Edgar's Mission is a not-for-profit sanctuary for rescued farm animals. They rely solely on donations and the help of volunteers. Anyone can get involved by participating in one of the dedicated volunteer days which are held once a fortnight. The volunteer days are open to all who want to come and help with cleaning and tending duties on the property.

It was a hard day picking up goat poo all morning whilst trying to resist the very persistent body nudges from around 25 goats that resided in the paddock we were assigned to clean up, but we wouldn't have had it any other way.

Tony and I and two others were given the task to pick up goat droppings by hand (it's the only way to collect the tiny black pebbles from the dry grass), clean out their water trough and replace the straw in their bedding. Other volunteers had the muddy pig paddocks to clean out and another group had to work in plumes of dust as they swept up the chicken shed. There were around 30 volunteers, each with a different job to do, and I think we ended up with the best job of them all tending to our cloven-hoofed friends.

One of the little goats in our paddock absolutely stole our hearts. I'd never known goats to be overly affectionate, but "Boots" as he was named was the most adorable little thing – he was just like a puppy. He followed us around everywhere, not after food like the other goats. He just wanted to be cuddled and have his neck scratched, and boy did he get plenty of that from us.

Boots was just a tiny kid goat when he was found by Victorian Dog Rescue on the side of the road near Mildura around six months ago and brought to Edgar's Mission. Along with hundreds of other animals, Boots now has a safe and loving environment to live and is taken care of by manager of Edgar's Mission, Pam Ahern and her team of fabulous volunteers.

The sanctuary is home to pigs, cows, sheep, goats, dogs, cats, an alpaca, deer, turkeys, ducks and lots and lots of chickens. There are over 60 acres for the animals to share and the property is very well laid out with separate paddocks for each group of animals, large sheds and sheltered areas, and warm safe-havens for the sick and injured animals.

Tours of the property are conducted twice a week (check the website for dates and times) and there happened to be one on the afternoon we were there so after our work was done we joined the tour and heard many heart-breaking stories of how the animals came to be at Edgar's Mission. We also got to hand feed some very hungry cows and sheep which was a lot of fun.

In December last year Edgar's Mission undertook a massive rescue of 752 battery hens. A factory farm had just been purchased by a man who decided he didn't want to continue with the cruel practice of keeping caged hens, and rather than send the hens to slaughter, the kind man called on Edgar's Mission to rescue them.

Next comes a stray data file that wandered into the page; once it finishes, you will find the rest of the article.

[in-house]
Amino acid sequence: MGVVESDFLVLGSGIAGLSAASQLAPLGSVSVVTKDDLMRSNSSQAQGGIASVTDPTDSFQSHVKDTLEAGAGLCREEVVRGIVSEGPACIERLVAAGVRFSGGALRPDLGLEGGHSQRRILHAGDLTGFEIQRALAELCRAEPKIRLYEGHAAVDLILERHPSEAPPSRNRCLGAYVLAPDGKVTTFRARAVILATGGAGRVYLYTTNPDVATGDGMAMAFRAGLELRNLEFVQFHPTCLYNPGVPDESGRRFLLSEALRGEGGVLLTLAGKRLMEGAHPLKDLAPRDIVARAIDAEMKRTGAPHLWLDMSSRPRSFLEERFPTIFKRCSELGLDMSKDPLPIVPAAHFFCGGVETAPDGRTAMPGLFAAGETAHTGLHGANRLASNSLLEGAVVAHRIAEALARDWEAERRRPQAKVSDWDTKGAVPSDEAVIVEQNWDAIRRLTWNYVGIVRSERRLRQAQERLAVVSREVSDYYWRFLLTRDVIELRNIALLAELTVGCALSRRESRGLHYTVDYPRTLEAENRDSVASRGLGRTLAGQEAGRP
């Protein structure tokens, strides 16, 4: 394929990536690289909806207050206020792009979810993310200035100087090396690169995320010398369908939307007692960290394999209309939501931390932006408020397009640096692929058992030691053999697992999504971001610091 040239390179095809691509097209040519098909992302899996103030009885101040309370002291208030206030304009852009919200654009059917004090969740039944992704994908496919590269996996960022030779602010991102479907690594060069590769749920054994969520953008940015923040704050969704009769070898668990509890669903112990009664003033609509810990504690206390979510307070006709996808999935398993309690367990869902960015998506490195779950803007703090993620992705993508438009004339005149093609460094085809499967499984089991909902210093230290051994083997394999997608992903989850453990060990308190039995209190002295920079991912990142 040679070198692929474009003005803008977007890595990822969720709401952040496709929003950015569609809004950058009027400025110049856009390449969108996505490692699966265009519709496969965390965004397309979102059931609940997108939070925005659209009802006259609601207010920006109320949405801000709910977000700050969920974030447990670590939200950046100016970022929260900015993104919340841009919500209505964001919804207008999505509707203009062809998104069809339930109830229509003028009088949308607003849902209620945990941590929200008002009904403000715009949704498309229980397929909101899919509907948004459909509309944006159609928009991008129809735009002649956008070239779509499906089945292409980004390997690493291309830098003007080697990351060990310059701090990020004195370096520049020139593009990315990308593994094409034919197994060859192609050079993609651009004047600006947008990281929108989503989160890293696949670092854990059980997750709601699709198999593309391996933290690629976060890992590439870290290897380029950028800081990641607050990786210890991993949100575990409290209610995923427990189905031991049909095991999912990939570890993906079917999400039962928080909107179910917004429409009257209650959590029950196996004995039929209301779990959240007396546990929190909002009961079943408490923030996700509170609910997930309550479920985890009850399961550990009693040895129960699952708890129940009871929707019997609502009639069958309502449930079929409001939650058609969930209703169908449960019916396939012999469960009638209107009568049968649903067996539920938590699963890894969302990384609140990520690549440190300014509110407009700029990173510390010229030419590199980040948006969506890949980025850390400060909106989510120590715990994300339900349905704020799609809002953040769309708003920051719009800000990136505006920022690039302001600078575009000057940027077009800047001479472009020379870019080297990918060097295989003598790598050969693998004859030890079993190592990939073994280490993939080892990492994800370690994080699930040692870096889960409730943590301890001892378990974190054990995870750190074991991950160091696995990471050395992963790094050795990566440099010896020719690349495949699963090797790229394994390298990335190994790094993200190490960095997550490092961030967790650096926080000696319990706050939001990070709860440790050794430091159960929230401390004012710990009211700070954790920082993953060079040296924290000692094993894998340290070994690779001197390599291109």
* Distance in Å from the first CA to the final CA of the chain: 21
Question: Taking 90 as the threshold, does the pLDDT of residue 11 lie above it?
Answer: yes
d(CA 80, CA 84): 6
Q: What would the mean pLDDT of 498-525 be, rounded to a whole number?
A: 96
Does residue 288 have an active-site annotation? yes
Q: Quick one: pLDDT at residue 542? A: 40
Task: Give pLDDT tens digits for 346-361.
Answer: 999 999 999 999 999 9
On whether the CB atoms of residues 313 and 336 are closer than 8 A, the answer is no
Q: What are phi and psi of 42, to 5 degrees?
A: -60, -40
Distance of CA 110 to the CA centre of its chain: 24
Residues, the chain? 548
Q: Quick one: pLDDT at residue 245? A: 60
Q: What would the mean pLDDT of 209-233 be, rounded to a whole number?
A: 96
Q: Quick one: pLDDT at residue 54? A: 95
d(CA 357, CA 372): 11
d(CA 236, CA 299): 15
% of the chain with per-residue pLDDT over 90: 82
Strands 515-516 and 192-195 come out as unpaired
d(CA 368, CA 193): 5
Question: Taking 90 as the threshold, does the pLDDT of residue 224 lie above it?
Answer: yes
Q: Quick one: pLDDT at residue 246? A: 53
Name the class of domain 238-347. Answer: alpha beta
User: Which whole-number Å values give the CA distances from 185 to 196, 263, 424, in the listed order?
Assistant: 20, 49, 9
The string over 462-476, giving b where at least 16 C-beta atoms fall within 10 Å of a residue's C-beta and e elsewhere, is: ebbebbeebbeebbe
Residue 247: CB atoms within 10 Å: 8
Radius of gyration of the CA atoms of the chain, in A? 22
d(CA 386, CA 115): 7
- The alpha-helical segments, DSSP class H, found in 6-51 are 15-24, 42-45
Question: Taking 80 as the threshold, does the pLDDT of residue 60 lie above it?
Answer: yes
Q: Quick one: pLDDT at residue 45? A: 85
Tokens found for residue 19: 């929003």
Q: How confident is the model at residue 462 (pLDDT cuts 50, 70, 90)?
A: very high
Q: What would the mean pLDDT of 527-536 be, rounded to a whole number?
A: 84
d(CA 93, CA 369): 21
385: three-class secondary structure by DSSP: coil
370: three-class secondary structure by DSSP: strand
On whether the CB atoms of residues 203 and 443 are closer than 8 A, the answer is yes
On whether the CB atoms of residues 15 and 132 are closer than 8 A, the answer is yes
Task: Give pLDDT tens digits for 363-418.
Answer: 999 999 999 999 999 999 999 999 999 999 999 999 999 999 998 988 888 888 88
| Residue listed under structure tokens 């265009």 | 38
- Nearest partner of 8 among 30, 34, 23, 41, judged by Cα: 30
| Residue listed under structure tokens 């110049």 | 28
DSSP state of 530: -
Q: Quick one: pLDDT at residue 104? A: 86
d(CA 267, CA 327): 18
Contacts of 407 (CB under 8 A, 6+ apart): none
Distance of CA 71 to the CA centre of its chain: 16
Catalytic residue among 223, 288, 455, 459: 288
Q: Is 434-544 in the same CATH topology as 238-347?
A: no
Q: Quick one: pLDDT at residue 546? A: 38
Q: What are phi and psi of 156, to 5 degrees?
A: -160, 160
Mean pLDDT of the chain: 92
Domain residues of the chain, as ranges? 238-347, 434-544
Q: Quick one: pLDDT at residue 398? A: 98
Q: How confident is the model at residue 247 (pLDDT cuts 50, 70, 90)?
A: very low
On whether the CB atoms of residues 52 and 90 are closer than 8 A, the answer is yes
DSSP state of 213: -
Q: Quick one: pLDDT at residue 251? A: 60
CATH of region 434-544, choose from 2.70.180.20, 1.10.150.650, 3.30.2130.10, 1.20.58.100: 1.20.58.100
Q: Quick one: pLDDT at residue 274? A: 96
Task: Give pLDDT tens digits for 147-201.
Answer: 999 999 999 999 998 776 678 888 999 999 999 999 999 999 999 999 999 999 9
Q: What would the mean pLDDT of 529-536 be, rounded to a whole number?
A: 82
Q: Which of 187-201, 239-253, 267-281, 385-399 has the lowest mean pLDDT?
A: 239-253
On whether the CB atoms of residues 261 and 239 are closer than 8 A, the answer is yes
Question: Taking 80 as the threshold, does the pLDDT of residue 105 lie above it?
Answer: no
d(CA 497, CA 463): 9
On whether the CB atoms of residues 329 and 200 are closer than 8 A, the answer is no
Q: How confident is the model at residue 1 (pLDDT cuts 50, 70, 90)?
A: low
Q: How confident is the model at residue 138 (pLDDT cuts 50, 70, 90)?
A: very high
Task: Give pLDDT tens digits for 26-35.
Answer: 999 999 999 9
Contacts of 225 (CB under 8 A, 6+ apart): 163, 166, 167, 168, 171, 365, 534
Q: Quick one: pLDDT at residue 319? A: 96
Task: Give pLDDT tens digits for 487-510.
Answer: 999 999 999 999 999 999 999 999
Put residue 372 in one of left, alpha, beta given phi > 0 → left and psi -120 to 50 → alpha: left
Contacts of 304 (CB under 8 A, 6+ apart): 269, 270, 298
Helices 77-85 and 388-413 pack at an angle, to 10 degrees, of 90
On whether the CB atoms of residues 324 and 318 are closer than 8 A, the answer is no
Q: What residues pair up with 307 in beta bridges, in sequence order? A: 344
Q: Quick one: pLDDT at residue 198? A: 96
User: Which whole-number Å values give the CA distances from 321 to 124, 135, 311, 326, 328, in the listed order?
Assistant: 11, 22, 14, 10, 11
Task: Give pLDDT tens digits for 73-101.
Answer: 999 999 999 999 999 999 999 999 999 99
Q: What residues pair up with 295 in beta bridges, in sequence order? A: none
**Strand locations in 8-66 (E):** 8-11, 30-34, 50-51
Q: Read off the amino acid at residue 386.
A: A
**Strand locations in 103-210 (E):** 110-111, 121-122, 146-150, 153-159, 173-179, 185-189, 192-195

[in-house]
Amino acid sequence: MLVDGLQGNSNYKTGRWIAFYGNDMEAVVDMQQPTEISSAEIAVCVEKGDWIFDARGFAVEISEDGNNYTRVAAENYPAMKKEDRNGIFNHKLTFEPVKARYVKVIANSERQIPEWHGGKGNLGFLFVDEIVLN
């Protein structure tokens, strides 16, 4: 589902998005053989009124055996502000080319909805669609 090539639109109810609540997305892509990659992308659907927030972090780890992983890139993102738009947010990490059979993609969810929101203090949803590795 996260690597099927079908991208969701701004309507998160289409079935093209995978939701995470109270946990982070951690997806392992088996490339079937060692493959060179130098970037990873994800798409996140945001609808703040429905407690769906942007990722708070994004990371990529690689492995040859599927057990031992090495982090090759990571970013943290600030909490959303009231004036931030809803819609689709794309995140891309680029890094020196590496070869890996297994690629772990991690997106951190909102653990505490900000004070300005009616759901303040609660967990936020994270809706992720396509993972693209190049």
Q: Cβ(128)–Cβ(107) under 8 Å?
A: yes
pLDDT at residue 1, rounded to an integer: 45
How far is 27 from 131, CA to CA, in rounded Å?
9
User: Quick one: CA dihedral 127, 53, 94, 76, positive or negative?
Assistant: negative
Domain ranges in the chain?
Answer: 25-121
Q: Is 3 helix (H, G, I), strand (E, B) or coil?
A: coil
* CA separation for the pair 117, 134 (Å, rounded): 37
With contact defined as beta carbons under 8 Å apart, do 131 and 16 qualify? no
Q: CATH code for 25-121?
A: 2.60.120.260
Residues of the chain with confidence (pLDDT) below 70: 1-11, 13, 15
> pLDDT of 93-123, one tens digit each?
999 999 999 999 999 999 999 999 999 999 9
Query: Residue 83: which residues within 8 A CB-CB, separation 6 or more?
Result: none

Many of the hens have now been re-homed, but around 200 of them are still looking for loving, caring homes. If you are interested in adopting one or several of the hens, you can complete the prospective adoption form on the Edgar's Mission website.

The above photo is the large shed that houses the chickens at night. The doors are wide open during the day for the chickens to roam free over the property's 60 acres. Some of them wander around outside, pecking and scratching at the ground but most of them prefer to just hang in the shed.

With so many happy hens free-ranging on the property, there's an abundance of fresh eggs that Edgar's Mission sells for only $3 per dozen. We took home two cartons and very quickly put them to good use.

Galaktoboureko is a deliciously sweet semolina-based custard pastry, a little like vanilla slice, but much, MUCH better. Some recipes call for ten eggs, others only four. On this occasion I'm meeting the recipes half way and going with the six-egg version.

My inspiration to make galaktoboureko today came from a combination of elements: a suggestion from my older sister Melinda that it was time to add another dessert to the blog; reminiscing about a wild day in the kitchen with Aunt Koula in Limnos last year making this dish; and of course having in my possession a whole lot of fresh eggs from Edgar's Mission.

I have so many recipes for Galaktoboureko I didn't know which one to use, so I combined some of Koula's secret tips with a recipe from Ourania Vayakou's Recipes from Limnos and I have to say, the Galaktoboureko I produced today would have to be the finest I've ever made. I've already eaten two pieces. I do feel a bit sick, and what I'm about to say might make you feel a bit sick too... but I know what I'll be having for breakfast!

Galaktoboureko (Semolina Custard Pie)

Adapted from Recipes from Limnos by Ourania G. Vayakou

Serves 12–24 (depending on how much you can take in one sitting)


  • 1 packet of thick filo pastry*
  • 200g butter
  • 1 1/3 litres of milk
  • 130g fine semolina
  • 400g sugar
  • 6 eggs
  • 1/2 teaspoon vanilla essence

For the syrup

  • 2 cups of sugar
  • 2 cups of water
  • 1 teaspoon of lemon juice
  • 1 sliver of lemon peel

* In Australia there is a packaged filo pastry product that comes in thin and thick sheets. You can use either for galaktoboureko. If using thick filo you'll need 9 sheets, if using thin filo you'll need 15 sheets.


  1. Preheat oven to 180 degrees celsius. 
  2. Beat the eggs and sugar in a large bowl for around 5 minutes, until the mixture becomes pale and smooth. Then add the milk and semolina and mix well.
  3. Transfer the custard to a large saucepan and bring to the boil while stirring constantly.
  4. Turn the heat down to a simmer and keep stirring for another five minutes, until the froth disappears from the top and the custard thickens. The semolina will give the custard a slightly grainy texture.